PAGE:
911 calls paint clearer picture of mental health crisis before Cedric Lofton’s death


WICHITA, Kan. (KWCH) – The 911 calls that left 17-year-old Cedric Lofton unresponsive while in custody at the Sedgwick County Juvenile Intake and Assessment Center (JIAC) have shed light on the health crisis incident involving the teenager that led to the incident in police custody. Lofton later died in a Wichita hospital.

Out of four 911 calls, the first three give us a better idea of ​​the mental health crisis Lofton suffered, both the night he became unresponsive last September and the days before. The first two calls come from Lofton’s adoptive father. The other two were from workers at the JIAC facility, both before and after the teen’s breathing stopped.

During an emergency call, Lofton’s adoptive father told a dispatcher that at school, Lofton said security guards were undercover agents planning to kill him and that at home, he wouldn’t let anyone into his room, claiming it was the only part of the house that wasn’t bugged.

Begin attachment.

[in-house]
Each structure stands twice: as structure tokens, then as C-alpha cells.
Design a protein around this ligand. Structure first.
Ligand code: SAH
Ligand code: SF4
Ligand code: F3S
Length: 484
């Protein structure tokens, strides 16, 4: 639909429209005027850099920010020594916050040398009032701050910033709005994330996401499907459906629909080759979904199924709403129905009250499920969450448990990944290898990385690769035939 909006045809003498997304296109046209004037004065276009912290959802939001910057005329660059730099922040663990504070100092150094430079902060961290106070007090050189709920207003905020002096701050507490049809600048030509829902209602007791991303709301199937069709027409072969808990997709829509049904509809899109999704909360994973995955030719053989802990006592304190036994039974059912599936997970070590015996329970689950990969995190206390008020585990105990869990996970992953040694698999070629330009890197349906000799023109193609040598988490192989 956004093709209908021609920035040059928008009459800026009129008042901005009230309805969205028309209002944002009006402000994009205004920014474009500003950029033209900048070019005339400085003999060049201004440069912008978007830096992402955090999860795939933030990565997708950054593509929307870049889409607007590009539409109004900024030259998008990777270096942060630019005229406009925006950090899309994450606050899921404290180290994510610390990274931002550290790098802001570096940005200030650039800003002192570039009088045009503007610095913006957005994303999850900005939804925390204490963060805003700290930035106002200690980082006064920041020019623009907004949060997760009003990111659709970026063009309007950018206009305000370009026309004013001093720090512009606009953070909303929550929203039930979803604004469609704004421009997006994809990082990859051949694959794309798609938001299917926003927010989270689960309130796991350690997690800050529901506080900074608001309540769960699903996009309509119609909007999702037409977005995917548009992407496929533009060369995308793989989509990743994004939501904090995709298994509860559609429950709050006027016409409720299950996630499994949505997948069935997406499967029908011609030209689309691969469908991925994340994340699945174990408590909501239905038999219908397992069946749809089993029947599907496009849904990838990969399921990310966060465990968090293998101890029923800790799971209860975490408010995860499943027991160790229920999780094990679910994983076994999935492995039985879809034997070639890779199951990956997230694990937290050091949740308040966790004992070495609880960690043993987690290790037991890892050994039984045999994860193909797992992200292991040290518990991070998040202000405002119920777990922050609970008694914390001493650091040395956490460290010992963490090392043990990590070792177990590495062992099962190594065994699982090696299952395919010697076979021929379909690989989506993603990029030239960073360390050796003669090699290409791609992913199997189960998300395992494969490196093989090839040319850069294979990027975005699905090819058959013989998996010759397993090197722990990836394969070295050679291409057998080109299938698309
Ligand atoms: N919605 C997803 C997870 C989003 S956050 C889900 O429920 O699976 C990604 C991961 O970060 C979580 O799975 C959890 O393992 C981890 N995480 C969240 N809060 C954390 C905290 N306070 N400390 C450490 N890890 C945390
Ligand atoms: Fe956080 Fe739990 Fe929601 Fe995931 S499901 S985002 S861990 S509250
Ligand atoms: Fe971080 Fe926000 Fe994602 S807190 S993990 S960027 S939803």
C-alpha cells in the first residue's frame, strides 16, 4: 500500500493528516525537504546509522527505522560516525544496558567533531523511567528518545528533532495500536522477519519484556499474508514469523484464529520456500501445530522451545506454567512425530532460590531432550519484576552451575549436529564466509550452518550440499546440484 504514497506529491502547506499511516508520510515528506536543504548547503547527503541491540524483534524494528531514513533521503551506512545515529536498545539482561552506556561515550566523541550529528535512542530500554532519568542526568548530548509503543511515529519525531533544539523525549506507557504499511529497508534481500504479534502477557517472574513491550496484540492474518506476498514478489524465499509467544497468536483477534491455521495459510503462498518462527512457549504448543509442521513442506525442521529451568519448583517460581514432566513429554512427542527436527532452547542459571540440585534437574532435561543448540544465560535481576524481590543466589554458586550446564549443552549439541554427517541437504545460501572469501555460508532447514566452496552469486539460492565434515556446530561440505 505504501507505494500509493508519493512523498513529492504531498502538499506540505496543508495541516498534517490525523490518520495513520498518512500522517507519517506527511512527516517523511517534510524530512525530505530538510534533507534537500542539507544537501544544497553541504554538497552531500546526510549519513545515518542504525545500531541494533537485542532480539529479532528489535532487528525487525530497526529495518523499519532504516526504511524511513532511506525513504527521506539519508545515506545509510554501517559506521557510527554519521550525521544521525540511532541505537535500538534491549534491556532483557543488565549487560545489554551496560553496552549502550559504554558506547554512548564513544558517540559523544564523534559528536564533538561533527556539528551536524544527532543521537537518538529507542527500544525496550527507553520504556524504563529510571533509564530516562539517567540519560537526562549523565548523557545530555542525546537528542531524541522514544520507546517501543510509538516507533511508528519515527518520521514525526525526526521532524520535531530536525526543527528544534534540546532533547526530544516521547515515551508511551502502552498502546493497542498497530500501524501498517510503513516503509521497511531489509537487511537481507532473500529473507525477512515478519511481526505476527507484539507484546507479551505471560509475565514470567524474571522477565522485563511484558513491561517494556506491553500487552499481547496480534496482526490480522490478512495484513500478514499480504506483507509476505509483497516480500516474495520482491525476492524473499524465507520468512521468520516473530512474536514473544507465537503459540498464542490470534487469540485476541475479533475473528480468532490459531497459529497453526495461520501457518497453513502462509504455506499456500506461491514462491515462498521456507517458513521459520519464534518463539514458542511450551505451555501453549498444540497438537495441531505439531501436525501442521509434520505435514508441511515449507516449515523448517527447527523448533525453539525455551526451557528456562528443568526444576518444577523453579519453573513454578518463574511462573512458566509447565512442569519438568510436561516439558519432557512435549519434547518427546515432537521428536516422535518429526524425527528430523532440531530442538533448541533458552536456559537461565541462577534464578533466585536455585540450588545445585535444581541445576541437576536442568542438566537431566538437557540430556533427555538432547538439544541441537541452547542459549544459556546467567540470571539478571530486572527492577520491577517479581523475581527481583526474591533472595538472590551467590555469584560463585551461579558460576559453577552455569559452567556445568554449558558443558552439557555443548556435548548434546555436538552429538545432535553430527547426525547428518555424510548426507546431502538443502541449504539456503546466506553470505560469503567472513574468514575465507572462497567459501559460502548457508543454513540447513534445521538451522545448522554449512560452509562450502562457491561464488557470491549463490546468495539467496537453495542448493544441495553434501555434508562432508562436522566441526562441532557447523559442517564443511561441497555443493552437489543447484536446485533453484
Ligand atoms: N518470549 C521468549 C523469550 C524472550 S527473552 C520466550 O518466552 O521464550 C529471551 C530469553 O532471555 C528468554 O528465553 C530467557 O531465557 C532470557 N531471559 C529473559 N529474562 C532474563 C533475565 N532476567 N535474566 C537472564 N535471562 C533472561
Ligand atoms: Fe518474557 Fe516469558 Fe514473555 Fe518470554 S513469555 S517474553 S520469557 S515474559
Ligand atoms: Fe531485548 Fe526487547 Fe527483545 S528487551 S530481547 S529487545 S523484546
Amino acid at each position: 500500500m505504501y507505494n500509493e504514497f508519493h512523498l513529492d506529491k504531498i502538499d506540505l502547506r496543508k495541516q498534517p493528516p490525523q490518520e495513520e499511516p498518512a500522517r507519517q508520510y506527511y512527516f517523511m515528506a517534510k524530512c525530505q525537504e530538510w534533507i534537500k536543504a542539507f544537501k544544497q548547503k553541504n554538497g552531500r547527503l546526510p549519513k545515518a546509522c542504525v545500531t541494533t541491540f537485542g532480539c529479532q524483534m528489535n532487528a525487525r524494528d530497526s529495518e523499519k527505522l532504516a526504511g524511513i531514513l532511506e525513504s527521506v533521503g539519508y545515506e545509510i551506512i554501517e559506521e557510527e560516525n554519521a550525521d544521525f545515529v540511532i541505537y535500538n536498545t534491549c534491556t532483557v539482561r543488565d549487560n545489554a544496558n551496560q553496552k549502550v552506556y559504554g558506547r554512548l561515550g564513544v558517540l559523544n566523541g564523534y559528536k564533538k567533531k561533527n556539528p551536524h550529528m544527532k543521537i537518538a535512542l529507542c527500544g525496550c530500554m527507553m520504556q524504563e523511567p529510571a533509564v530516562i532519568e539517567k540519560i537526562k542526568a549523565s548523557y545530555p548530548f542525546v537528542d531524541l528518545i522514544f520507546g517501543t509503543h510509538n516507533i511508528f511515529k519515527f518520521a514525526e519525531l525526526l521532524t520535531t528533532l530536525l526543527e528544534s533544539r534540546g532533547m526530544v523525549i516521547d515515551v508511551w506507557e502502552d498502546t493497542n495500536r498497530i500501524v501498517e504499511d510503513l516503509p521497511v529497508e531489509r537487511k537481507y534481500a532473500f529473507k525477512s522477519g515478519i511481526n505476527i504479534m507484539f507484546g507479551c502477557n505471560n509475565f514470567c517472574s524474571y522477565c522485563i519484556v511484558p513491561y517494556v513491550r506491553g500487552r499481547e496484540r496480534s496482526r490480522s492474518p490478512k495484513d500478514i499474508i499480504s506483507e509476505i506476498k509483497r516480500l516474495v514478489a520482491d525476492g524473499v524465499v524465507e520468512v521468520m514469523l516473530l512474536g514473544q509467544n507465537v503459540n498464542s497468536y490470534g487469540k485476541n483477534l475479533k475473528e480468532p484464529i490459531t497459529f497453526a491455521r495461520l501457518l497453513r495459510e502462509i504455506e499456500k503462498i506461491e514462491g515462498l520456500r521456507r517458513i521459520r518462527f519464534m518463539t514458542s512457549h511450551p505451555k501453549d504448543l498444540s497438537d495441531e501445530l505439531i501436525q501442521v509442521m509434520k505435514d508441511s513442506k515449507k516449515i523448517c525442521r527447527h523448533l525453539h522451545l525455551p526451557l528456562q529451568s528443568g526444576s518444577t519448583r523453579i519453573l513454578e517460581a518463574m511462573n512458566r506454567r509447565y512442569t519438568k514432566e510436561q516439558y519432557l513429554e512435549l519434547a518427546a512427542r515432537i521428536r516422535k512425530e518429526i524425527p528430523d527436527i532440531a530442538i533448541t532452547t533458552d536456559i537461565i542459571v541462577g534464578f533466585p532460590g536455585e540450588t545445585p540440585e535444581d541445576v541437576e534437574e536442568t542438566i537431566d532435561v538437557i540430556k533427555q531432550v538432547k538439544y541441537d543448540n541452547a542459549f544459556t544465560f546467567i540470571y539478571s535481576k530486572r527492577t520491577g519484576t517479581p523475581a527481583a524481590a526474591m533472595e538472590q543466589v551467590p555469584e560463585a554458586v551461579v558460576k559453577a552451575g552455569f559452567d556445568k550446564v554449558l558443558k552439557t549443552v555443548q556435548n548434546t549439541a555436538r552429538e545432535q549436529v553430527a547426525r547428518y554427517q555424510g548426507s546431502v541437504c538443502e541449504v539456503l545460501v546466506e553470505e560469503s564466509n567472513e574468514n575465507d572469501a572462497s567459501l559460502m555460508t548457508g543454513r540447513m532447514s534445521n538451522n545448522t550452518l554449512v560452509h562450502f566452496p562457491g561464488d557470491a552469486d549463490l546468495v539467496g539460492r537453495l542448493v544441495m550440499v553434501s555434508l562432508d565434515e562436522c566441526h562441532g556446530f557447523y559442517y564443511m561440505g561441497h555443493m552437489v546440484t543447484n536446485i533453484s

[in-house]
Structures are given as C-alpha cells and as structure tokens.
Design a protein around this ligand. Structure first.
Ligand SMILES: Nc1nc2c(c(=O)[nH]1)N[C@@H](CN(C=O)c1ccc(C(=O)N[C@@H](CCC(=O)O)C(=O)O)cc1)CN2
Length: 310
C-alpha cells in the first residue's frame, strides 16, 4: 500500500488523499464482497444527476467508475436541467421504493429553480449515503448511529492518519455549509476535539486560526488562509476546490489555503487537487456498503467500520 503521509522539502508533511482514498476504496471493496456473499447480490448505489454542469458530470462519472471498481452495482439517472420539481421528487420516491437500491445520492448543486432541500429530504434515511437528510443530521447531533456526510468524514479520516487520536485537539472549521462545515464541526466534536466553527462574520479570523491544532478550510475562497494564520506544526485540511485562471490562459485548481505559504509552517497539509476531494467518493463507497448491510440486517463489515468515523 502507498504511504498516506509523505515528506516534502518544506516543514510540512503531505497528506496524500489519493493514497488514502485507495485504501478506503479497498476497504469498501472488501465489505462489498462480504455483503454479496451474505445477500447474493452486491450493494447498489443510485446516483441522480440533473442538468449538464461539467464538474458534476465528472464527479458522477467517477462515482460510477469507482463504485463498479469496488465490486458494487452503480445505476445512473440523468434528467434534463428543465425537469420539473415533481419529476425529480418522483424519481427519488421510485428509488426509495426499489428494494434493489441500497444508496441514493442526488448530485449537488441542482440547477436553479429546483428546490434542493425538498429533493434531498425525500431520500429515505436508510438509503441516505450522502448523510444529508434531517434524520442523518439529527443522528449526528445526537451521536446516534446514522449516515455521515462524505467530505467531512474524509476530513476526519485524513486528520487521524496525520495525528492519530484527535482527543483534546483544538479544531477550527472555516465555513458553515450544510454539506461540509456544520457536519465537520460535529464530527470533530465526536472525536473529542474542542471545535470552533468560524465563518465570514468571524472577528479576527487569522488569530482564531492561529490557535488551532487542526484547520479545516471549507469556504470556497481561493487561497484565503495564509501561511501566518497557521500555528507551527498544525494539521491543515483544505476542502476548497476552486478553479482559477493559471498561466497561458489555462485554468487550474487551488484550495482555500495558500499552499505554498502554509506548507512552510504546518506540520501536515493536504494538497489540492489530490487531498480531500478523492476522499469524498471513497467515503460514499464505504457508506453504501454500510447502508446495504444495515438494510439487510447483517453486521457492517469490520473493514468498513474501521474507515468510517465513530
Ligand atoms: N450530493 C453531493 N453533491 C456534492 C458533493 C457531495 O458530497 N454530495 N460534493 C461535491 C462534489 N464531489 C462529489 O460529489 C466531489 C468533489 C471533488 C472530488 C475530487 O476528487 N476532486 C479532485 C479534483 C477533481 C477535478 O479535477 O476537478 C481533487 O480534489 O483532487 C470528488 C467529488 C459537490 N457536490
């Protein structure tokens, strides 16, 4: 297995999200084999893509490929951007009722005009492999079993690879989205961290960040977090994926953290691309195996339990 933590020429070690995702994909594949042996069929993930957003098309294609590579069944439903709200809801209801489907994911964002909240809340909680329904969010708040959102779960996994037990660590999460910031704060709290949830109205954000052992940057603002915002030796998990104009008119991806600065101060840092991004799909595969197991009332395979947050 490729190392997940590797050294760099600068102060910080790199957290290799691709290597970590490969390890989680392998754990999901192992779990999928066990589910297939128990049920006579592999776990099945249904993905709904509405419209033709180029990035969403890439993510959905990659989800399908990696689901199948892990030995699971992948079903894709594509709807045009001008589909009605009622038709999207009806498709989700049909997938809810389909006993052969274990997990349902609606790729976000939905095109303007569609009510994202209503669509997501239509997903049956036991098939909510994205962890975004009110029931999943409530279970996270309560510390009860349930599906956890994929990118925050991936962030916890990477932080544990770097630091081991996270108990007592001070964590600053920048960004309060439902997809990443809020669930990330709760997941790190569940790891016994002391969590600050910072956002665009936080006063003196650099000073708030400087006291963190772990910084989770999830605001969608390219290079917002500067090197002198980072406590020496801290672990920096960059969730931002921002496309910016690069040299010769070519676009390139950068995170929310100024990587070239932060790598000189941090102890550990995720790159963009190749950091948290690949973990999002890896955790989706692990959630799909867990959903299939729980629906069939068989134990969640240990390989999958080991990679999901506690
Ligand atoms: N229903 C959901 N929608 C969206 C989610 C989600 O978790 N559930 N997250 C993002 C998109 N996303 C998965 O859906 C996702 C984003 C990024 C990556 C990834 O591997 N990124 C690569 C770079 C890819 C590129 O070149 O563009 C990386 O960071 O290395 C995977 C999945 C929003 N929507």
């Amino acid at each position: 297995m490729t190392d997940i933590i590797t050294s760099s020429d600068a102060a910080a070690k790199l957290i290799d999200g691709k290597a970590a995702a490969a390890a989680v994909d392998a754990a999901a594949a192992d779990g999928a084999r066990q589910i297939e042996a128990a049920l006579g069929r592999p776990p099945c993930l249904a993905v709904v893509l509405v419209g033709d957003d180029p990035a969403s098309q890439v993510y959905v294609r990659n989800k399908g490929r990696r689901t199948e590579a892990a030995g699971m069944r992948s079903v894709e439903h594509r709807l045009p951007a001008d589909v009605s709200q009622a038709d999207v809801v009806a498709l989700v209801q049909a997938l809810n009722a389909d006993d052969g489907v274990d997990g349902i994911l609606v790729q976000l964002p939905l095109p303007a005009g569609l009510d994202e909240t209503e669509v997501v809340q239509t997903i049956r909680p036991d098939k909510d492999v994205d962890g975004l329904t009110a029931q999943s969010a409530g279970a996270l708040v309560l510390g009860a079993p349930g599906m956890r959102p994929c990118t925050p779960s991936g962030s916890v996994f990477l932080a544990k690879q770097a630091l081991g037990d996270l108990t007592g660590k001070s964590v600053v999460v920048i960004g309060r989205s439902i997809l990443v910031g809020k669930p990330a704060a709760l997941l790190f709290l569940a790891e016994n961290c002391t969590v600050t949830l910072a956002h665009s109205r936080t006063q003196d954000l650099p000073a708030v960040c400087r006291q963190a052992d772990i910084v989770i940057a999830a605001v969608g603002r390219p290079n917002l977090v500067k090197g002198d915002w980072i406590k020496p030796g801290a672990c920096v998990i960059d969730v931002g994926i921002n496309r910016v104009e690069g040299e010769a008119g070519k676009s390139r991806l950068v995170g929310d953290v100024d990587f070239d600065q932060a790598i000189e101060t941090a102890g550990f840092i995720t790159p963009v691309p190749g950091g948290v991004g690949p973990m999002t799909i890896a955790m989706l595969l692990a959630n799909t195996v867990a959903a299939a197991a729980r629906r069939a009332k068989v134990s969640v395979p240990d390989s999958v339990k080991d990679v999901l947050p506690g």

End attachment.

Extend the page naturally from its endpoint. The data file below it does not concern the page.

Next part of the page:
“We were supposed to take him to ComCare today because he had, we believe, schizophrenic episodes,” Lofton’s adoptive father was heard telling the dispatcher.

On the second 911 call two days later, Lofton’s adoptive father said the teenager was “like having a nervous breakdown” and immediately put Lofton out of the house. He said Lofton showed up anyway and started causing trouble on the outside. He requested that Lofton be taken to ComCare for a mental health check.

“He’s really paranoid. He believes everyone is trying to kill him. He said he could have access to a gun if he needed it,” Lofton’s adoptive father told the dispatcher.

The officers responding to the emergency call instead brought Lofton to the JIAC, using a WRAP restraint device. The next 911 call occurs as the JIAC guards struggle with Lofton inside his cell. Like the teenager’s adoptive father, they asked officers to come and take Lofton in for a mental health screening. Shortly after, the final call to 911 when Lofton stopped breathing. The JIAC guard who made the call said he had no qualified nurses or AEDs.

“We perform chest compressions. I don’t have an AED,” the guard told the dispatcher.

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